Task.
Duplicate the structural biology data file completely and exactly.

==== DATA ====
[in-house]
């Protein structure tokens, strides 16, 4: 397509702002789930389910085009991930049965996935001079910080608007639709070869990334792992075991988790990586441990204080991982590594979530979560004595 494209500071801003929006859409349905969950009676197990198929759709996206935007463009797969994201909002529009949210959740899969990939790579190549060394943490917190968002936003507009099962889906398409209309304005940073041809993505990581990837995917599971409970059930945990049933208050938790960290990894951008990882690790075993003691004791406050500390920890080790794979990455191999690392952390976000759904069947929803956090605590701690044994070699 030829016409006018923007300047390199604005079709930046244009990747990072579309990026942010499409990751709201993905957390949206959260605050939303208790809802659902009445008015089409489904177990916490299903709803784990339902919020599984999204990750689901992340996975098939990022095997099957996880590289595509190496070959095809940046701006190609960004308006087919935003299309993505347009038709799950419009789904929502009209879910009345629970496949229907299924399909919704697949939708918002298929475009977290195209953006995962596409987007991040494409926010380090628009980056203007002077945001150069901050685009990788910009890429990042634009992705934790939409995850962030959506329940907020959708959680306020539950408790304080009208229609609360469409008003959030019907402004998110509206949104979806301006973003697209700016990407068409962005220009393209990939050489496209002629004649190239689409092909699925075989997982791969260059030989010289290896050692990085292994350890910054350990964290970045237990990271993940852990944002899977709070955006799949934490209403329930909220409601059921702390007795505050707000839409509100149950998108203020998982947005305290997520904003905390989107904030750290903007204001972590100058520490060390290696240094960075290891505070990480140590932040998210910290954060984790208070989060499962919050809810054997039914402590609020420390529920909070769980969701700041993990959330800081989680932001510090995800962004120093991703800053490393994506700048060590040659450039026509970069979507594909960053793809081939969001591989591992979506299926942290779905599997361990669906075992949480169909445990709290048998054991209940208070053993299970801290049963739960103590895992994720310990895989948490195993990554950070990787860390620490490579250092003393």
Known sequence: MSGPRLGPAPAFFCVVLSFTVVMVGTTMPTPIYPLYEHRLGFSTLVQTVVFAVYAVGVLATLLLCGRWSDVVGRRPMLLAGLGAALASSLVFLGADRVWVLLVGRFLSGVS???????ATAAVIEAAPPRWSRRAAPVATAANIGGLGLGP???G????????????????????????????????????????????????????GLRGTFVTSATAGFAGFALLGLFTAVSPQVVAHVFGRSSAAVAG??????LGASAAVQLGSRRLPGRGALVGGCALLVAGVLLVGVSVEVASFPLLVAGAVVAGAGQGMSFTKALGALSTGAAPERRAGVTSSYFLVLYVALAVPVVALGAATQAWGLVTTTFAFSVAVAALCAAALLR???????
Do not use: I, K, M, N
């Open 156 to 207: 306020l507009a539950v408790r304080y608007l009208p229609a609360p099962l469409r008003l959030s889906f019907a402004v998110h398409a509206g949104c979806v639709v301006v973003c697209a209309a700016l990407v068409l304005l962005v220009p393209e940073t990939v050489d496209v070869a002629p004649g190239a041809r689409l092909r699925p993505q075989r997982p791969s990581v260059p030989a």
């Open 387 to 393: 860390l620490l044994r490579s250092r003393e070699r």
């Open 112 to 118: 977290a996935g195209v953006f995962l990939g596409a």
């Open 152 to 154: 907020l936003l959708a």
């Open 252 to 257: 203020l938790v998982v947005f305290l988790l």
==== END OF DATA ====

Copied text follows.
[in-house]
């Protein structure tokens, strides 16, 4: 397509702002789930389910085009991930049965996935001079910080608007639709070869990334792992075991988790990586441990204080991982590594979530979560004595 494209500071801003929006859409349905969950009676197990198929759709996206935007463009797969994201909002529009949210959740899969990939790579190549060394943490917190968002936003507009099962889906398409209309304005940073041809993505990581990837995917599971409970059930945990049933208050938790960290990894951008990882690790075993003691004791406050500390920890080790794979990455191999690392952390976000759904069947929803956090605590701690044994070699 030829016409006018923007300047390199604005079709930046244009990747990072579309990026942010499409990751709201993905957390949206959260605050939303208790809802659902009445008015089409489904177990916490299903709803784990339902919020599984999204990750689901992340996975098939990022095997099957996880590289595509190496070959095809940046701006190609960004308006087919935003299309993505347009038709799950419009789904929502009209879910009345629970496949229907299924399909919704697949939708918002298929475009977290195209953006995962596409987007991040494409926010380090628009980056203007002077945001150069901050685009990788910009890429990042634009992705934790939409995850962030959506329940907020959708959680306020539950408790304080009208229609609360469409008003959030019907402004998110509206949104979806301006973003697209700016990407068409962005220009393209990939050489496209002629004649190239689409092909699925075989997982791969260059030989010289290896050692990085292994350890910054350990964290970045237990990271993940852990944002899977709070955006799949934490209403329930909220409601059921702390007795505050707000839409509100149950998108203020998982947005305290997520904003905390989107904030750290903007204001972590100058520490060390290696240094960075290891505070990480140590932040998210910290954060984790208070989060499962919050809810054997039914402590609020420390529920909070769980969701700041993990959330800081989680932001510090995800962004120093991703800053490393994506700048060590040659450039026509970069979507594909960053793809081939969001591989591992979506299926942290779905599997361990669906075992949480169909445990709290048998054991209940208070053993299970801290049963739960103590895992994720310990895989948490195993990554950070990787860390620490490579250092003393």
Known sequence: MSGPRLGPAPAFFCVVLSFTVVMVGTTMPTPIYPLYEHRLGFSTLVQTVVFAVYAVGVLATLLLCGRWSDVVGRRPMLLAGLGAALASSLVFLGADRVWVLLVGRFLSGVS???????ATAAVIEAAPPRWSRRAAPVATAANIGGLGLGP???G????????????????????????????????????????????????????GLRGTFVTSATAGFAGFALLGLFTAVSPQVVAHVFGRSSAAVAG??????LGASAAVQLGSRRLPGRGALVGGCALLVAGVLLVGVSVEVASFPLLVAGAVVAGAGQGMSFTKALGALSTGAAPERRAGVTSSYFLVLYVALAVPVVALGAATQAWGLVTTTFAFSVAVAALCAAALLR???????
Do not use: I, K, M, N
């Open 156 to 207: 306020l507009a539950v408790r304080y608007l009208p229609a609360p099962l469409r008003l959030s889906f019907a402004v998110h398409a509206g949104c979806v639709v301006v973003c697209a209309a700016l990407v068409l304005l962005v220009p393209e940073t990939v050489d496209v070869a002629p004649g190239a041809r689409l092909r699925p993505q075989r997982p791969s990581v260059p030989a």
């Open 387 to 393: 860390l620490l044994r490579s250092r003393e070699r």
């Open 112 to 118: 977290a996935g195209v953006f995962l990939g596409a």
């Open 152 to 154: 907020l936003l959708a």
């Open 252 to 257: 203020l938790v998982v947005f305290l988790l």